As part of their effort to address the growing obesity epidemic, the AAP is calling for better access to bariatric surgery for those adolescents who have run out of other options, and is asking insurance companies to cover the surgery.
Their recommendation is based on a new study of 3,705 kids aged 10 to 19 who underwent weight loss surgery, primarily gastric sleeves. Of those kids, only 1.4 percent experienced complications, 3.5 percent were readmitted to the hospital and just 1 percent had to be operated on again. None of the 3,705 children died.
“Our study helps shed light on the safety of bariatric surgery, especially for young adolescents,” said study author Dr. Robert A. Swendiman from the Hospital of the University of Pennsylvania in a press release. “As clinicians we must balance the risks of surgery versus prolonged exposure to the ill effects of obesity in children.”
Physicians emphasize, however, that while this study finds that weight loss surgery in adolescence can be safe and effective, it should not be the first choice to reverse obesity.
“Weight loss surgery should be very high quality, it should be safe and it should be extremely rare,” Dr. Stephen Cook, associate professor of pediatrics and internal medicine at the Golisano Children’s Hospital at the University of Rochester, tells PEOPLE.
Cook says that performing weight loss surgery on children is still “exceedingly rare” — over the nearly 20 years he’s worked at the University of Rochester, he’s seen just one child undergo weight loss surgery. In that case, they had first tried other forms of intervention, but a separate health issue kept the patient from losing weight. Bariatric surgery helped the child lose weight, and enabled him to undergo another surgery to fix his other health condition.
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Cook, who was not involved in the study but served on the AAP committee when planning on this recommendation began, says the goal is not to push for more surgeries.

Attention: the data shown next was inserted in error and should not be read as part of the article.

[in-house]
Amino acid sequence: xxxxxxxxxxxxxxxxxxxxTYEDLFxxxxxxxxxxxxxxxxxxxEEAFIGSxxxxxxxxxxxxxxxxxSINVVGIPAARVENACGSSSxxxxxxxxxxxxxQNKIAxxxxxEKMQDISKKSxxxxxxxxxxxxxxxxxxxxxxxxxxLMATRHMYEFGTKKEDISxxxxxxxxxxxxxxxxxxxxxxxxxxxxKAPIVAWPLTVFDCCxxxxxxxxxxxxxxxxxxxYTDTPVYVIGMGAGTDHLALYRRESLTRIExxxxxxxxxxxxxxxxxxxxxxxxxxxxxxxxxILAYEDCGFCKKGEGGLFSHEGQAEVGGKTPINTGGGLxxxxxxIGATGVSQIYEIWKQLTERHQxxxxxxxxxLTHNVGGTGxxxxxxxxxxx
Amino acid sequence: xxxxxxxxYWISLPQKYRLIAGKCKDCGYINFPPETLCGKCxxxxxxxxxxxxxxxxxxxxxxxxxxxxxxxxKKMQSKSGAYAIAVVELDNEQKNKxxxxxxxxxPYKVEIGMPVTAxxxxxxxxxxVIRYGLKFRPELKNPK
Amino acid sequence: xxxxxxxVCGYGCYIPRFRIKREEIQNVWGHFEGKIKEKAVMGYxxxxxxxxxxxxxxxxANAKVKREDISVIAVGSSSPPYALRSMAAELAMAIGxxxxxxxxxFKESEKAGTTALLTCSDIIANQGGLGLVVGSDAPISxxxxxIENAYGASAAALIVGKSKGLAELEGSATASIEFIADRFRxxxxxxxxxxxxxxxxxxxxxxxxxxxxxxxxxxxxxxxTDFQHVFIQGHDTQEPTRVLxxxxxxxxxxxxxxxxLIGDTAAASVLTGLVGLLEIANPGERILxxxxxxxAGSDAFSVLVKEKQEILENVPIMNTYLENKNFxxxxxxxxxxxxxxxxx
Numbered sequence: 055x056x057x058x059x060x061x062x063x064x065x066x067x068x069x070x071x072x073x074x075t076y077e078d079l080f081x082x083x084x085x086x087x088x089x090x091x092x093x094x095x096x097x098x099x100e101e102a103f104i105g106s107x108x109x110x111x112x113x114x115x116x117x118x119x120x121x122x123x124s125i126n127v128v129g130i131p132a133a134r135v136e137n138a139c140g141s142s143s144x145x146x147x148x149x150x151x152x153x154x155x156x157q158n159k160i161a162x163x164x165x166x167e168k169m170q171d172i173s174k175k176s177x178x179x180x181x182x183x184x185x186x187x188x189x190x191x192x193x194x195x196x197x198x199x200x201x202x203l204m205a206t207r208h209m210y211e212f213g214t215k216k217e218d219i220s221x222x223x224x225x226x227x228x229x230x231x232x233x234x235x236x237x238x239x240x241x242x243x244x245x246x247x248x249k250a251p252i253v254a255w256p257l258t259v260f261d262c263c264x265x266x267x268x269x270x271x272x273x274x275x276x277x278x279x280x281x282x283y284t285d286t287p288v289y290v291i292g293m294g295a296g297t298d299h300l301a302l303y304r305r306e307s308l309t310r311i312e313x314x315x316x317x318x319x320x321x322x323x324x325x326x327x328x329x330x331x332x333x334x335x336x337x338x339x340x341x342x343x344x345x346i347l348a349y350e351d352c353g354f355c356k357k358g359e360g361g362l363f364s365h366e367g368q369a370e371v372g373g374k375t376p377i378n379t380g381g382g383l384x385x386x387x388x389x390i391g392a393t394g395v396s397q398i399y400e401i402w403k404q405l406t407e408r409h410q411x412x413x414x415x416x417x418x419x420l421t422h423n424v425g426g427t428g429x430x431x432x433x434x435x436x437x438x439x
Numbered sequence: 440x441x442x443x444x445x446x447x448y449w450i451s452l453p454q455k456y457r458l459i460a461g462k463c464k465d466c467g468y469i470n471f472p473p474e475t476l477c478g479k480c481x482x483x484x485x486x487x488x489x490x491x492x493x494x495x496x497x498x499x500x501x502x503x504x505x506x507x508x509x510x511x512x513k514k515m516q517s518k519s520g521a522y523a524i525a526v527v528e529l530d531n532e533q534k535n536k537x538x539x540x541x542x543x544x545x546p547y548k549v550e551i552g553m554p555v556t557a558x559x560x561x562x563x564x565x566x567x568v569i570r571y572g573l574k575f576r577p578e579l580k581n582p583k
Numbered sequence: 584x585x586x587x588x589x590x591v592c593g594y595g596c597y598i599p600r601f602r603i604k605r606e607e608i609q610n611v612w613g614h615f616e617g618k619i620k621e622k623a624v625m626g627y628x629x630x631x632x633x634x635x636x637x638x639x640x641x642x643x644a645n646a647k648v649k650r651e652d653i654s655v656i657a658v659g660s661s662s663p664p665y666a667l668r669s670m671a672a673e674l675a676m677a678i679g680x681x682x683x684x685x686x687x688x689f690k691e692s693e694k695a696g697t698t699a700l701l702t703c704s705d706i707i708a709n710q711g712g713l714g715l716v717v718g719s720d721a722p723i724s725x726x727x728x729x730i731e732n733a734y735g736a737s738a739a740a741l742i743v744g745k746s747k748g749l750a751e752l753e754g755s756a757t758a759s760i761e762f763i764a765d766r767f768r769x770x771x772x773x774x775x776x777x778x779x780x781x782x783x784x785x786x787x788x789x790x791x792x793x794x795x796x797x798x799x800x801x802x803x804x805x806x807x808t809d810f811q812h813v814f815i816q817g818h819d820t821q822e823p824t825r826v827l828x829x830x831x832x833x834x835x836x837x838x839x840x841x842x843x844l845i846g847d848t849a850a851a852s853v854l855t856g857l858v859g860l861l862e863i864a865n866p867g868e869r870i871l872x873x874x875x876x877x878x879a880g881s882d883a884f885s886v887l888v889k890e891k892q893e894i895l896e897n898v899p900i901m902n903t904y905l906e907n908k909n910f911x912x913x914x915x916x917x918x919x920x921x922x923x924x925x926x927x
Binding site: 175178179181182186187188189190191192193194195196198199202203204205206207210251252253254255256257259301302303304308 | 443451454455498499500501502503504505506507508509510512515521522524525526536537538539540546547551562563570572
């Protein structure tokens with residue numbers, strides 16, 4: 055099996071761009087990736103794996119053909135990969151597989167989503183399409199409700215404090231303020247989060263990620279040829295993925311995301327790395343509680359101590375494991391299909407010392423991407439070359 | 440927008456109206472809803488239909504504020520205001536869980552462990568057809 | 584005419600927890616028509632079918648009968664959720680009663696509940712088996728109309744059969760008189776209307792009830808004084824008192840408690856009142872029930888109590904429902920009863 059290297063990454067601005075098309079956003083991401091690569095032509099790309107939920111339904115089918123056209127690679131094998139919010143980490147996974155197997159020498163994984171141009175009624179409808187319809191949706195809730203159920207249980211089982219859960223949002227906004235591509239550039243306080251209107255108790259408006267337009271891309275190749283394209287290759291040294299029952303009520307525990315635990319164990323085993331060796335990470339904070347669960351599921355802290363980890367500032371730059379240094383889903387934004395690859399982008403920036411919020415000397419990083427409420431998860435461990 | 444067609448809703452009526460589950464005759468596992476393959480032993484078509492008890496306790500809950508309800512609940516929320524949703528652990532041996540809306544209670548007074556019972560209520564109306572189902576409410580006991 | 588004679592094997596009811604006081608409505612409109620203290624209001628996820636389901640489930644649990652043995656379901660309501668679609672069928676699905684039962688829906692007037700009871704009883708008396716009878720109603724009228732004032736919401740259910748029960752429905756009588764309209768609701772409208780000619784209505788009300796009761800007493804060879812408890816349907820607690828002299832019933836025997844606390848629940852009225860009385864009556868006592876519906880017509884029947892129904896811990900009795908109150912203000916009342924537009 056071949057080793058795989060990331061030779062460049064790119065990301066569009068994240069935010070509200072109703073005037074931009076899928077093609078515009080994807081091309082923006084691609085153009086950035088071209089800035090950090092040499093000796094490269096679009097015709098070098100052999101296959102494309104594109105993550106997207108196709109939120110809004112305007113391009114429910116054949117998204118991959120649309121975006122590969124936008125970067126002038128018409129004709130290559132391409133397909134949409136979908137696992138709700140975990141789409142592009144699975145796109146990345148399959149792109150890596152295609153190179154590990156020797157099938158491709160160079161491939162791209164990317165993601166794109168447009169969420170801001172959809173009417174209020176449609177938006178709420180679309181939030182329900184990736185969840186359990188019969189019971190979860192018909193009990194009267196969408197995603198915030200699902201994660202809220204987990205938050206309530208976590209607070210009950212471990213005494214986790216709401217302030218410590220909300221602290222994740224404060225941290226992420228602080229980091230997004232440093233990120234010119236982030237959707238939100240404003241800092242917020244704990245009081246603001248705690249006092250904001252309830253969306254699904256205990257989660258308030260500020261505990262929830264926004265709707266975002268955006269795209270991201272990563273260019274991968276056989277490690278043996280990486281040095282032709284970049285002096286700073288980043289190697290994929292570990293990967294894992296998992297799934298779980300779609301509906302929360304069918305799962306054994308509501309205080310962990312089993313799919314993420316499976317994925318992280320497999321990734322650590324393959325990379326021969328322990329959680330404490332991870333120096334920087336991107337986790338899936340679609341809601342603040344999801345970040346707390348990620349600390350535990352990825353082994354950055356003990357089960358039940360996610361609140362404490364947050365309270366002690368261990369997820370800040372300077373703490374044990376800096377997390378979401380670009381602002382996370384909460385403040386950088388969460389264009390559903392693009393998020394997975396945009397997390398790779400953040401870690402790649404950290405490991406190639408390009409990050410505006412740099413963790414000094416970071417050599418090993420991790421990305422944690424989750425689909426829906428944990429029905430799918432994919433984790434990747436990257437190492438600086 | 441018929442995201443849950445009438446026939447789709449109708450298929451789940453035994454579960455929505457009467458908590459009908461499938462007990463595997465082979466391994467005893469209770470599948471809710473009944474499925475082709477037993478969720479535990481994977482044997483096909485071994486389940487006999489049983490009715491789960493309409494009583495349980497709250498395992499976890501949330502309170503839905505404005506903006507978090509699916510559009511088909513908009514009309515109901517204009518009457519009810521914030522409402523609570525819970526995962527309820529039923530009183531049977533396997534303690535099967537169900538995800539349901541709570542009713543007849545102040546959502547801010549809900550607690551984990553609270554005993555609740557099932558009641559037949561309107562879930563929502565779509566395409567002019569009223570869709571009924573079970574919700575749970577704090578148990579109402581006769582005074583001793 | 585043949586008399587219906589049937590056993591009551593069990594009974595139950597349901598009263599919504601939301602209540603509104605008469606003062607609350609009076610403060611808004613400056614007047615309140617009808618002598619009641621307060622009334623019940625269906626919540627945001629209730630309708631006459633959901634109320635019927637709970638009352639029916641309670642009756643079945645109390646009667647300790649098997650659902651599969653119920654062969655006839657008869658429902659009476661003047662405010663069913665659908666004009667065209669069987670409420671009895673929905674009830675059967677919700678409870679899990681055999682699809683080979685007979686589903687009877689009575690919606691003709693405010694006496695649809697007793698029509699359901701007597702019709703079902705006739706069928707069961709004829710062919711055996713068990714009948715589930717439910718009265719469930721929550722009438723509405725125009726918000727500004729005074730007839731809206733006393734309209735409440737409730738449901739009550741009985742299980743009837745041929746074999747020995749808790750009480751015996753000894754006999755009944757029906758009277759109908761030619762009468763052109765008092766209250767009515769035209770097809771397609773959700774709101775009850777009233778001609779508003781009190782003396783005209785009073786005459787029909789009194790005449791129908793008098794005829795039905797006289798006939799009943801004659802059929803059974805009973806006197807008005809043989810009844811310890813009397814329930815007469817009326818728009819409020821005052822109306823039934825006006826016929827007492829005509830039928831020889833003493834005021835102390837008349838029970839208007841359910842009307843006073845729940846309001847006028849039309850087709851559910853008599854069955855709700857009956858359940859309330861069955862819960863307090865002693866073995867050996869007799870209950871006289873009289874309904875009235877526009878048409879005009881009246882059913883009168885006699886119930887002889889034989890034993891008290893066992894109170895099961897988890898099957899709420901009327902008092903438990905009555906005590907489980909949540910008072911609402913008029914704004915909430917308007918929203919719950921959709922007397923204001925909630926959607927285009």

“The aim is to do a couple different things. It is to show that there are opportunities to do this, but it needs to be very cautiously considered,” he says. “I think it’s really meant to be about safety, because there are places where this is being done but it may not be being done in a safe environment.”
The intention is also to standardize and increase the amount of support each child gets, and to make sure it is covered by insurance.
“Before during and after kids have surgery, they should have behavioral and mental health support. That needs to be provided by insurance companies,” Cook says.
“It’s a double-edged sword,” he added. “It’s helpful to show that there is information on the safety of this, but it’s also something that’s only needed to a point.”
Cook does hope, though, that the AAP’s recommendation will reduce the stigma around obesity.
“I hope this raises awareness on the science side that we need to treat this as a disease,” he says. “A lot of pediatric and health care providers are biased against obesity. For a long time, insurance companies said that obesity was a choice and surgery was a cosmetic benefit and they wouldn’t pay for it. Obesity is a disease and it needs to be treated like that. It’s not a personality flaw or defect.”